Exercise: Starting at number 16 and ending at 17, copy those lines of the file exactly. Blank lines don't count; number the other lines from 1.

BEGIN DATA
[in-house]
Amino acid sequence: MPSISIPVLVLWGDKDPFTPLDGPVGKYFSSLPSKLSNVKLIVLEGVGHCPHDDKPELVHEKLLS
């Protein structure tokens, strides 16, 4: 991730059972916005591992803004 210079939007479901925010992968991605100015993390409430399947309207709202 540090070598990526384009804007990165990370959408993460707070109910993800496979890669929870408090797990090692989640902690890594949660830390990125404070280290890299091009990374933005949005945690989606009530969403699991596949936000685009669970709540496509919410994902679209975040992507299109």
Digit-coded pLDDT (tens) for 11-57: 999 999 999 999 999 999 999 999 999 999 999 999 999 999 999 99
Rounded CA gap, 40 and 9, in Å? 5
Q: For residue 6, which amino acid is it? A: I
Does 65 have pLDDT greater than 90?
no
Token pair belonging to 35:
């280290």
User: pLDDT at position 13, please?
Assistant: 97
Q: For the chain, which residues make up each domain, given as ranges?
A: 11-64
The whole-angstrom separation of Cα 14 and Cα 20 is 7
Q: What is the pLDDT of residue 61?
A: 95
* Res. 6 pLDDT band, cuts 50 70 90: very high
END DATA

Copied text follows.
Q: What is the pLDDT of residue 61?
A: 95